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Catching the Light an Interview with Lauren Krukowski by Tiffany Lange

Over the past four weeks in quarantine, internal time feels to be moving at a slower pace - taking away the noise of our busy day to day lives and allowing us time to reflect on our surroundings. As light and color fill our homes with the sun rising each day, Lauren Krukowski takes these mundane moments to create colorful two-dimensional paper and silk collages that reference transitional spaces in architecture.

Though Full Spectrum by Chris Heidman and Lauren Krukowski has been postponed due to COVID-19, we had the opportunity to interview Krukowski, a Brooklyn based artist, about her daily studio rituals, the process of collage, and how she’s finding comfort in making during this time of crisis. Interview by Tiffany Lange

Tiffany Lange: Tell us a little about yourself. How did you become an artist?

Lauren Krukowski: Growing up, I loved to draw and create with whatever was around the house. My parents are both makers - my mom is always working on paper crafts and sewing projects and my dad enjoys carpentry, photography, and working on cars - they both encouraged and supported my brother and my creative interests from a young age. I have always loved drawing and painting, but didn’t always know if it was something I could do professionally. I actually went to university thinking I’d be a scientist, but decided to pursue an art degree after my first week of classes. Working as a TA at a summer program for the arts in Southern California before my final semester in school opened my eyes to many different paths a creative life can take outside of academia. The friendship and support of artists, faculty, and staff members in this summer program helped give me the confidence and conviction to continue pursuing a creative life, keep building my artistic community, and eventually move to New York in 2012.

T: Do you have any creative routines when getting to the studio?

L: My painting studio is in my apartment, so my studio days start similarly to most of my days - with a large cup of coffee while I set up my work space.

I tend to go through phases in the studio. Lately, I’ve been making hand-painted silk and paper collages. For these works, I spend a few weeks creating a palette of collage materials to work with by hand-painting silk and tissue-thin washi papers with acrylic paint. Once I have a palette of papers and silks to work with, I spend the next few weeks cutting shapes from the prepared materials and adhering them to paper or panel to make the final collage works. These consecutive phases of making are a necessity because of the limits of my small space, but also keep the work exciting - I’m eager to cut and paste when I finish making papers, and again excited to be mixing paint when I run out of papers.

I support my studio practice with a full-time day job managing a gallery in Manhattan. Before the temporary shutdown of non-essential businesses in New York I typically spent two hours a day on the subway commuting to work. For the last few years, I’ve used this time to make digital black and white drawings on my phone which have become the starting point for many of my recent paintings and works on paper. I make the initial drawings in black and white to allow for play and surprises to happen later while creating the collages in color. I often make more than one collage from a drawing to push the composition further, and learn more from each work.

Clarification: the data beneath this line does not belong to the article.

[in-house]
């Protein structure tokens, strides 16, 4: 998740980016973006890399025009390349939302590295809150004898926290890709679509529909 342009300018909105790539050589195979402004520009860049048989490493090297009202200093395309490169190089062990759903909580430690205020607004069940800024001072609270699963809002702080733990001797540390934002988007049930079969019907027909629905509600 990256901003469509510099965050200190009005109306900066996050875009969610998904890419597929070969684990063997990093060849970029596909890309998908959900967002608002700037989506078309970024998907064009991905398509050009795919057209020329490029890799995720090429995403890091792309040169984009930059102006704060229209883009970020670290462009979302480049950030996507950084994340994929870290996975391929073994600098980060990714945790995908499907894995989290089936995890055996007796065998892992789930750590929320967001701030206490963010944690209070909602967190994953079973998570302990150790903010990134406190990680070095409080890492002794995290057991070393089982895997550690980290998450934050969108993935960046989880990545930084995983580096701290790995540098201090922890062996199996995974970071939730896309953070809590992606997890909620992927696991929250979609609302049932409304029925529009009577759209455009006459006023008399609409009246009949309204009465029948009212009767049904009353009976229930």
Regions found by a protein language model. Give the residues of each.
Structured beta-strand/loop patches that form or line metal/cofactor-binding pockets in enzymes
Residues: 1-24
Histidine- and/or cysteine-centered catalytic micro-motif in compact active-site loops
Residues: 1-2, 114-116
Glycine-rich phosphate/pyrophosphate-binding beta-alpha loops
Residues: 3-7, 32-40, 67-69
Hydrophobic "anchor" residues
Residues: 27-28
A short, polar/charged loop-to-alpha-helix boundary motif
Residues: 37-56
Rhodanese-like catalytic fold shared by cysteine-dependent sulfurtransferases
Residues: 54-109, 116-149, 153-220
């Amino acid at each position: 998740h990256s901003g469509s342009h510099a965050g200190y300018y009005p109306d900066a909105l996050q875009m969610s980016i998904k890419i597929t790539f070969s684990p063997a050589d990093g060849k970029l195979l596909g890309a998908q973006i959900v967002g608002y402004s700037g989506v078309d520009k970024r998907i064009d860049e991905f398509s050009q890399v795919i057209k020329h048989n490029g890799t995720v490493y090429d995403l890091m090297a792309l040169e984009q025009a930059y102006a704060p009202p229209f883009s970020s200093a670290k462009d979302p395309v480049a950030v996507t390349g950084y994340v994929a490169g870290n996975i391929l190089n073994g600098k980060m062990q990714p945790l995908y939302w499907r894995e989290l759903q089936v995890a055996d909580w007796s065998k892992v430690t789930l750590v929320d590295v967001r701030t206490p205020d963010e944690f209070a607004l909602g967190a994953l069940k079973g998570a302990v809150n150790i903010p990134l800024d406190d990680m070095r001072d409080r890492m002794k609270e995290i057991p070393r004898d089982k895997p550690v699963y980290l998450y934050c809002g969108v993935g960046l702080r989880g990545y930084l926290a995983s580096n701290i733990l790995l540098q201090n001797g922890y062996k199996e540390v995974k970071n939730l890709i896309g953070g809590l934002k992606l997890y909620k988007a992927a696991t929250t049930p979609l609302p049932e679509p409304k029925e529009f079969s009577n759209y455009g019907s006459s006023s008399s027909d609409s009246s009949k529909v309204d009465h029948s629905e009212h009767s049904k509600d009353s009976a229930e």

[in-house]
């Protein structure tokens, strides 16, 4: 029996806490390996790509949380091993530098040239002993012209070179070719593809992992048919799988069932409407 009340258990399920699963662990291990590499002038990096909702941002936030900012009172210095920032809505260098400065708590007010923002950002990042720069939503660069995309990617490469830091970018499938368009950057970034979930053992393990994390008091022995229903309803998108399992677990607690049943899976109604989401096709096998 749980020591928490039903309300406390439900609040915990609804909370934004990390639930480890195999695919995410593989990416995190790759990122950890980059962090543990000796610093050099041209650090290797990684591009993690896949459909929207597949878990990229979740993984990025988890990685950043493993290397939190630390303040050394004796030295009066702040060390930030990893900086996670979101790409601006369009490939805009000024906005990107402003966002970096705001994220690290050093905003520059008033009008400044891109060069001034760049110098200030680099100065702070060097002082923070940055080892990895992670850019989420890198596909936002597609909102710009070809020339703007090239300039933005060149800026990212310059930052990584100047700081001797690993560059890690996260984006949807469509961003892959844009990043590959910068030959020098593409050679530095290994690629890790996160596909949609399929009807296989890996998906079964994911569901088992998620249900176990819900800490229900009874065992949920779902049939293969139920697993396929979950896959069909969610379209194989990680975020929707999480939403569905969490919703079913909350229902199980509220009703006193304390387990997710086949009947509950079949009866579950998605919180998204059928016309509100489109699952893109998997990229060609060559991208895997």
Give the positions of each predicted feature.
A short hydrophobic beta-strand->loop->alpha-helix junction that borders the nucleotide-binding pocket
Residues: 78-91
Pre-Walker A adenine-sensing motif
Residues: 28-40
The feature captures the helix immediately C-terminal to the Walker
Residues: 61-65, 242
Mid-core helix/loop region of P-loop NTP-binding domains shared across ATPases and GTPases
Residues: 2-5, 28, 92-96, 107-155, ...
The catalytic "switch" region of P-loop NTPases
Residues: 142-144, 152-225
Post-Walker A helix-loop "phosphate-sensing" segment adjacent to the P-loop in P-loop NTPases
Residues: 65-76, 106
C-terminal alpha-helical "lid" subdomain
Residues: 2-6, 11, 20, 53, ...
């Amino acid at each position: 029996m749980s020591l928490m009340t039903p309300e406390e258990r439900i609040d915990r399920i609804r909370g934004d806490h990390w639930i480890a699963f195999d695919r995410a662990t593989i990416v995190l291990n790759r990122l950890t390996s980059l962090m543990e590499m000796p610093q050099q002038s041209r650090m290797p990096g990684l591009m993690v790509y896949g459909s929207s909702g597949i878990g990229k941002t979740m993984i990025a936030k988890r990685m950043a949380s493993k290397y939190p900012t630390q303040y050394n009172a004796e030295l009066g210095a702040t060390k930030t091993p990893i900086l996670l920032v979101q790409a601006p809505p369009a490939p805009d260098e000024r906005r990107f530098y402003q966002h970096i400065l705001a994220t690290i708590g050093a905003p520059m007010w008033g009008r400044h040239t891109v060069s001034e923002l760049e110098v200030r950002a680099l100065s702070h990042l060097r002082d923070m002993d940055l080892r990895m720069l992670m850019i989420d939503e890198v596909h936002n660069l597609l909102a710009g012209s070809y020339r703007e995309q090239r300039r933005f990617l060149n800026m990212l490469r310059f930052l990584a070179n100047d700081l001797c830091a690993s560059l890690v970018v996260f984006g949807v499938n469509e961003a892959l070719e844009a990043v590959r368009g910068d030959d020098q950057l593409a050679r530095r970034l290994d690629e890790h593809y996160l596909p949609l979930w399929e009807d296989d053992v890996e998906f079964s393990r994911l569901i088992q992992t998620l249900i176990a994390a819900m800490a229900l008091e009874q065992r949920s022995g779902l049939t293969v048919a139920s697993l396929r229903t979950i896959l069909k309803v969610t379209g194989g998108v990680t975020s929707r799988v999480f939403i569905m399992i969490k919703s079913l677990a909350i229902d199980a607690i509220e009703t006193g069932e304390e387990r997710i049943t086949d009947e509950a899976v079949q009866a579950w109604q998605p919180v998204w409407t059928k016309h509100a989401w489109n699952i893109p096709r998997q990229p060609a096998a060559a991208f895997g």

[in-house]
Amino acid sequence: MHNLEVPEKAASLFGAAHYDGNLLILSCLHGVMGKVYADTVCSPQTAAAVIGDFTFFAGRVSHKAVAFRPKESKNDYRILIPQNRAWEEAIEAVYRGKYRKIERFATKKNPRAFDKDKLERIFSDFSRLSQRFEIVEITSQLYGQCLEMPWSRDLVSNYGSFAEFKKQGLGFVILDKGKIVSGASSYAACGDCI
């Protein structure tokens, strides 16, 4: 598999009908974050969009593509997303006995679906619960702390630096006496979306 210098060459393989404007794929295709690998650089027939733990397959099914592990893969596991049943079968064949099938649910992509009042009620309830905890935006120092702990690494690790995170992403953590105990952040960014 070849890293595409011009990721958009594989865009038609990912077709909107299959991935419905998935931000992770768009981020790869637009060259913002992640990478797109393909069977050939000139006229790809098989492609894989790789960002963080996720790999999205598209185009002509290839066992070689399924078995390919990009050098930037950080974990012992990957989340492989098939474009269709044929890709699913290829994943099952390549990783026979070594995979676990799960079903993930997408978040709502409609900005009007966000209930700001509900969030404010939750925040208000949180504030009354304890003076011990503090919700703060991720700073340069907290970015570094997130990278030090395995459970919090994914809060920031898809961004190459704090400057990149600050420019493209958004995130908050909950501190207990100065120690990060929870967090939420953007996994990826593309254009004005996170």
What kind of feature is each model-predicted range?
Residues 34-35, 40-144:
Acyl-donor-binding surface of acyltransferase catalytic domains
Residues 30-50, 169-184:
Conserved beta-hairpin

T: What is your starting process of creating these painted collages?

L: My process usually starts with either black and white sharpie drawings or digital drawings from photographs. I collect photographs of mostly mundane moments that for one reason or another caught my attention or brought me pleasure or delight. Prior to my most recent series of works made for “Full Spectrum,” I had spent a few years working mostly from photos taken of my own domestic spaces. The latest series of collages all began from drawings of transitional spaces, or false transitional spaces in architecture - doorways, windows, or mirrors - outside of my home.

T: What keeps you motivated as an artist?

L: Making with my hands has always been a calming experience for me - whether it be the drawings I made as a kid, the collage works I made for “Full Spectrum,” or the elaborate meals I’ve been making in quarantine. I find great comfort in making, and it is a way I stay centered, process emotions, and learn more about my surroundings. I think this experience is similar to how certain people find pleasure in the routine of exercise or meditation to relieve stress and unwind from the day. Sometimes working in the studio can be frustrating and mundane, but there are always moments of euphoria in learning a new skill, or surprise when something works out in a way you couldn’t have planned. Exploring new-to-me printmaking processes over the last three years has expanded the way I think about my work and has kept me eager to learn more. All of these experiences keep me going.

T: Color seems to be very essential to your practice. Do you find you are drawn to a certain color palette? Or any colors you are using more often?

L: I spent nearly 3 years working entirely in black and white, and since returning to color in 2015 it has become a primary fascination for me in my work. I enjoy color mixing and often discover colors through research or play while mixing paint. I also take photographs to collect colors I see day-to-day - the vibrant lavender I use frequently is a tint of the eastern sky outside my window during sunset. Other colors come from fabrics, something I saw on the subway, or the way light hits a particular landscape or building.